Pakistan’s strategy on the Taliban; the Kabul and Islamabad views

March 8, 2010

karzai zardariIf you read all the commentary on the arrest by Pakistan of Taliban commander Mullah Abdul Ghani Baradar  amongst others, there is a very clear distinction between the view from Kabul and the view from Islamabad about what is going on. That is not surprising given the deep distrust between Afghanistan and Pakistan, but I’ve noticed it has become particularly acute over the last month or so. The main argument is whether the arrest of Mullah Baradar and others  was meant to undermine a pro-talks faction and replace them with a harder line ISI-backed Taliban, or whether Pakistan is rounding them up in order to keep control over any negotiations on reconciliation with the Taliban. If the latter were true, it would be expecting the United States to address Pakistan’s own security interests, particularly in relation to India, in return for its help in tackling the Afghan Taliban.  

So do read two articles which came out over the last week or so to compare the two quite different views.

In Foreign Policy, Thomas Johnson and Chris Mason argued that the arrest of Mullah Baradar amongst others was a purge by hardliners:

 ”The military and political madness of the AfPak Wonderland has entered a new chapter of folly with the detention of a few Taliban mullahs in Pakistan, most notably Mullah Baradar, once the military strategist of the Quetta Shura, the primary Taliban leadership council headed by Mullah Omar. Like the Mock Turtle and the Gryphon in Alice in Wonderland, this has the Washington establishment dancing the whacked-out Lobster-Quadrille: Instant Afghanistan experts at the White House and pundits at august Beltway institutions like the Brookings Institution are absurdly calling the detentions a “sea change” in Pakistani behavior.

“In fact, it is no such thing. Pakistan has not abandoned overnight its 50-year worship of the totem of “strategic depth,” its cornerstone belief that it must control Afghanistan, or its marriage to the Taliban, and anyone who believes that is indulging in magical thinking. What has happened is, in fact, a purge by Taliban hard-liners of men perceived to be insufficiently reliable, either ethnically or politically, or both. It is well-known that there had been a schism in the Quetta Shura for months, with hard-liner and former Gitmo prisoner Mullah Zakir (aka Abdullah Ghulam Rasoul) coming out on top over Mullah Baradar. Baradar sheltered fellow Popalzai Hamid Karzai in 2001 and possibly saved his life after an errant U.S. bomb in Uruzgan province killed several men on the Special Forces team that was escorting him. Baradar later became a confidant of the president’s  brother, paid CIA informer Ahmed Wali Karzai, and met occasionally with the president himself in the tangled web of Afghan politics.”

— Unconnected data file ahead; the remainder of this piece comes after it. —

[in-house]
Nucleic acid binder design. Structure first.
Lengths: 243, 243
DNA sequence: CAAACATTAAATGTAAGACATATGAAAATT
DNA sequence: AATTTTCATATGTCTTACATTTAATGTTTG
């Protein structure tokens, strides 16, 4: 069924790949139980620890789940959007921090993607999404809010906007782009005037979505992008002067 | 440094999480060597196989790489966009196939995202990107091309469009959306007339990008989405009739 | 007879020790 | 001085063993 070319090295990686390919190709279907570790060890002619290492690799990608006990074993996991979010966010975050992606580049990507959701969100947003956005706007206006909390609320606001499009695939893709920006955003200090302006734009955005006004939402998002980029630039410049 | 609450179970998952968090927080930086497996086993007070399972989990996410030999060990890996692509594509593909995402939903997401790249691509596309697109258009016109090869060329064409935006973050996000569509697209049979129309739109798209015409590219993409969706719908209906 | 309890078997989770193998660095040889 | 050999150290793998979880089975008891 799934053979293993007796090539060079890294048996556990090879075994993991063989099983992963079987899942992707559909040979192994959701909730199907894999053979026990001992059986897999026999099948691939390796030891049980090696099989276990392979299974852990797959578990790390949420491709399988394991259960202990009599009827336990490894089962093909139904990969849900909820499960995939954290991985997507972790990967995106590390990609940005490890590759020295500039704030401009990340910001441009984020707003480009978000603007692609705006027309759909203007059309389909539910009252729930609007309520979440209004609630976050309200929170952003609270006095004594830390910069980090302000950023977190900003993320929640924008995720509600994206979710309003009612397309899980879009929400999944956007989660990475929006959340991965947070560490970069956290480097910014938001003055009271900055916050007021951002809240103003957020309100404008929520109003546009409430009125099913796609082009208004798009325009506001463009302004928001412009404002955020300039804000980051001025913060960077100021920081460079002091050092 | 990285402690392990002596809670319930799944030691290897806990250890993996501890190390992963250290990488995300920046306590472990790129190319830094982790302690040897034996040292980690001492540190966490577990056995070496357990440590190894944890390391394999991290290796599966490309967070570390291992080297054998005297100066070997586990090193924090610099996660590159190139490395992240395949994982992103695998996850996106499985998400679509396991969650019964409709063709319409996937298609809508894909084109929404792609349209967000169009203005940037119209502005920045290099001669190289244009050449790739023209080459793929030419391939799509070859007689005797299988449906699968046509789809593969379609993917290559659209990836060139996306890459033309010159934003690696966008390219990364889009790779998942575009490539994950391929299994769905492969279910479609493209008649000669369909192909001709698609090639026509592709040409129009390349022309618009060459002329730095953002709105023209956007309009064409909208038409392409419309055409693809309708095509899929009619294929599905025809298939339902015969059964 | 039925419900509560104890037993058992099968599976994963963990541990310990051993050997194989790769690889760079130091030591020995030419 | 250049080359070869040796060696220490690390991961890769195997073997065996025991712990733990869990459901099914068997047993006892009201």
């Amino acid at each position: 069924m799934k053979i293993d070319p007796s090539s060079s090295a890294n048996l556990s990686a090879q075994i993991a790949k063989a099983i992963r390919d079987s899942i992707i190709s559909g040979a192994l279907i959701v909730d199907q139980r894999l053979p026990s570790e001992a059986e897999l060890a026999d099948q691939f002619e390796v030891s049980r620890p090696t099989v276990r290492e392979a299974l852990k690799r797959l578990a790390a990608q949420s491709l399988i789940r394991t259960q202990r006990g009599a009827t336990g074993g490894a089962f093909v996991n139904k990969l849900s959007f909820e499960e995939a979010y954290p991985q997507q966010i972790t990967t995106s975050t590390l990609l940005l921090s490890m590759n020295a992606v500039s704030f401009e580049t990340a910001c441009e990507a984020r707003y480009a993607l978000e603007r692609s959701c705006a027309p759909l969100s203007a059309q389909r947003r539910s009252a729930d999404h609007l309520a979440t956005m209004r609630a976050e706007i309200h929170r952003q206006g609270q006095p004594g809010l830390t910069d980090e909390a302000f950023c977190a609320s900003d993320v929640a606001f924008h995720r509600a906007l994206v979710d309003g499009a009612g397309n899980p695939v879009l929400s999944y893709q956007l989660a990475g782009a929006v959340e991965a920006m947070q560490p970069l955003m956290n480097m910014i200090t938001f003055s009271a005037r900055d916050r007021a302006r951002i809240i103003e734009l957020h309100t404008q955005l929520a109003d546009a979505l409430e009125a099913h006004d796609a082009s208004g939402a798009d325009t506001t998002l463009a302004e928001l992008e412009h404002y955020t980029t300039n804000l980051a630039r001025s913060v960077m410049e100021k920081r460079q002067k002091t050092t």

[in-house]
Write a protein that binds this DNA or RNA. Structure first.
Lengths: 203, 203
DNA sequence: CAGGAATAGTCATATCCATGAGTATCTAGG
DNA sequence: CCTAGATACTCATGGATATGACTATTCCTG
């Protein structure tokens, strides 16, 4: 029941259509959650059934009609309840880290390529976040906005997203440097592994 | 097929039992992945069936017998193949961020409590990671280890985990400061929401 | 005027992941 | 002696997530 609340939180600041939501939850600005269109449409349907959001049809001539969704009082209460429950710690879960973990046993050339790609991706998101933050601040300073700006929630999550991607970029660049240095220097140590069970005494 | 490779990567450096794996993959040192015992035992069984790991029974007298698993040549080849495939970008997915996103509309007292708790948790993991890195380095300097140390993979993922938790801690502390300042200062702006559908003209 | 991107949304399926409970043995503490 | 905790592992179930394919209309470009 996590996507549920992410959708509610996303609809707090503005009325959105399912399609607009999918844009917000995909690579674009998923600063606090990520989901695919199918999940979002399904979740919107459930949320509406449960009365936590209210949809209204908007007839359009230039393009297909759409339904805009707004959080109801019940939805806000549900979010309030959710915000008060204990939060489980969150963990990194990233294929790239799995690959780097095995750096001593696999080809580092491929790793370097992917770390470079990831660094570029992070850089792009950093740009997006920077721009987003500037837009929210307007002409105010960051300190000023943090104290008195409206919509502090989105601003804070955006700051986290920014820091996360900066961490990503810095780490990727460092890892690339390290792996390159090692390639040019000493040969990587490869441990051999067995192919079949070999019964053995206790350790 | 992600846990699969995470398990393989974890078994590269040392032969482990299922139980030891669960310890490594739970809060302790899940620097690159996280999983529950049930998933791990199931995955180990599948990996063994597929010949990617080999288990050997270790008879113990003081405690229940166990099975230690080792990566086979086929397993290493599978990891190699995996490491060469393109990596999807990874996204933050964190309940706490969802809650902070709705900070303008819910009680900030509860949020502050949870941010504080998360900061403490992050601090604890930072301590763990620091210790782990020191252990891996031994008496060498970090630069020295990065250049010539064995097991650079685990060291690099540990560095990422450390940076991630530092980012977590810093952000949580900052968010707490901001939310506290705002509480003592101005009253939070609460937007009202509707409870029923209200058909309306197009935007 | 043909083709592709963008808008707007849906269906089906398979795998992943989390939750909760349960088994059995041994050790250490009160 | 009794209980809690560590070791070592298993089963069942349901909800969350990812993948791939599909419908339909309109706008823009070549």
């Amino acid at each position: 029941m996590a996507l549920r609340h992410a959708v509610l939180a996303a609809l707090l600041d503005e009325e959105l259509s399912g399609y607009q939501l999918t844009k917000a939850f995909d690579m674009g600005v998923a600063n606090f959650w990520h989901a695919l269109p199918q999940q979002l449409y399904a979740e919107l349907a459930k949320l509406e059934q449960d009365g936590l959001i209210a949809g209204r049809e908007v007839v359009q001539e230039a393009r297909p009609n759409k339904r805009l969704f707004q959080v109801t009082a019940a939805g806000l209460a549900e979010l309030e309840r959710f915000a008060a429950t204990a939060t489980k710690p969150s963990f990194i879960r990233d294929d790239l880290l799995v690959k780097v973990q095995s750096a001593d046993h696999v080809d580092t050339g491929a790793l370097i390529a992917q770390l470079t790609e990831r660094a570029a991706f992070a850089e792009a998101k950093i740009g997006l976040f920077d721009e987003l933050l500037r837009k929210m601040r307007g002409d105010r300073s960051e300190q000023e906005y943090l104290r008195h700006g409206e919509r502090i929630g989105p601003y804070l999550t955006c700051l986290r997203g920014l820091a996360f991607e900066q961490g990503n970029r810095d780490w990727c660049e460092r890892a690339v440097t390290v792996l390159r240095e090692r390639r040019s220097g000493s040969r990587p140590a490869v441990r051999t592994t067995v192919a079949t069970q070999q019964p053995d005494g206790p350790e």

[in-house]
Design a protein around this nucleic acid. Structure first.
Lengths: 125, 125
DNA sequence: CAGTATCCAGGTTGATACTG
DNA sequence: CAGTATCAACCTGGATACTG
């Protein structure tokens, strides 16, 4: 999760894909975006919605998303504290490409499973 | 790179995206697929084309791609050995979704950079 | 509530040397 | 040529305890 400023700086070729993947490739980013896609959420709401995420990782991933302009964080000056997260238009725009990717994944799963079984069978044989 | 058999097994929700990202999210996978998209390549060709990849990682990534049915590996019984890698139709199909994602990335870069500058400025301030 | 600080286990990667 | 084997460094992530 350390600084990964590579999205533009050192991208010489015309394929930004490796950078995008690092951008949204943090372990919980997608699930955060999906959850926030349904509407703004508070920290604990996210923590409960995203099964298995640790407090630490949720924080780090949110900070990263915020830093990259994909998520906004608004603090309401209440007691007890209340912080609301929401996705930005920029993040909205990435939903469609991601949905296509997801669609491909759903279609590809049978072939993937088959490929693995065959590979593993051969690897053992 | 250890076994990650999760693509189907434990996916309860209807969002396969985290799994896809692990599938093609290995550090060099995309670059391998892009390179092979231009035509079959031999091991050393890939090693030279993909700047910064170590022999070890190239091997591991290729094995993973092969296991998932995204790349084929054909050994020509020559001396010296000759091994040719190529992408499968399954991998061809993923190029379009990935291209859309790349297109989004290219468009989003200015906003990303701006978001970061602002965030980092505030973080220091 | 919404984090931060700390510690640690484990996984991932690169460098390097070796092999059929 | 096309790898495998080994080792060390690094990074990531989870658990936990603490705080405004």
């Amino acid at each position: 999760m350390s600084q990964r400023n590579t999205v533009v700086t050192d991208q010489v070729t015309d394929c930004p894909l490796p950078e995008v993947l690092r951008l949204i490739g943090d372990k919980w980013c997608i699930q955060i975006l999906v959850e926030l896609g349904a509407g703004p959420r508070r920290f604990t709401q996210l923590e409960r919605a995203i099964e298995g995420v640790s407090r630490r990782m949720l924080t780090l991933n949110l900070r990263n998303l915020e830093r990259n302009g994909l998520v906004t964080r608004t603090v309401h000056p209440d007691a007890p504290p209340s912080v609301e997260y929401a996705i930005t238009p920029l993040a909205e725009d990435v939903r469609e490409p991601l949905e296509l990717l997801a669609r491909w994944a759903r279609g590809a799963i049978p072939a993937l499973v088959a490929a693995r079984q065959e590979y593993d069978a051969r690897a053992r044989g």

Then read Hasan Askari Rizvi in the Daily Times.

“A major shift has taken place in the disposition of the Pakistan Army and the intelligence agencies towards the Pakistan-based Afghan Taliban in January-February 2010. Some of the well known Afghan Taliban leaders and TTP activists have been arrested in different cities, especially from Karachi,” he writes.

“Pakistan’s tough approach towards the Pakistani and Afghan Taliban is the product of the down-to-earth analysis of the growing Taliban threat by Pakistan’s security authorities and the increased interaction between the top brass of the Pakistan Army and the US military authorities dealing with this region during the last six months.”

“These arrests are also meant to help the US because Pakistan wants the current US-led NATO operation to succeed in Afghanistan. Pakistan cannot afford to let the Afghan Taliban capture power in Kabul, although it would like more effective Pashtun representation in the Kabul government, including accommodation of the Taliban that are willing to give up the military option.

“Pakistan’s cooperation with the current US policy in Afghanistan is based on the assumption that the US military authorities in the region recognise Pakistan’s security sensitivities about India’s role in Afghanistan and India’s pressure on the eastern border. The other consideration is that the US would contribute to upgrading Pakistan’s capacity to fight the Taliban in the tribal areas. If these understandings persist, Pakistan is expected to continue with the current counter-terrorism policy.”

U.S. special envoy Richard Holbrooke said in an interview with the Financial Times that he does not know exactly what is going on:

“Everyone has asked the same question. How do you know? Have we turned a corner? I’m not prepared to make those judgments, and you’ll have to ask the Pakistanis that,” he said. “I’m an agnostic at this point . . . as to whether this was a policy change [by Islamabad] or a serendipitous collection of discrete events.”


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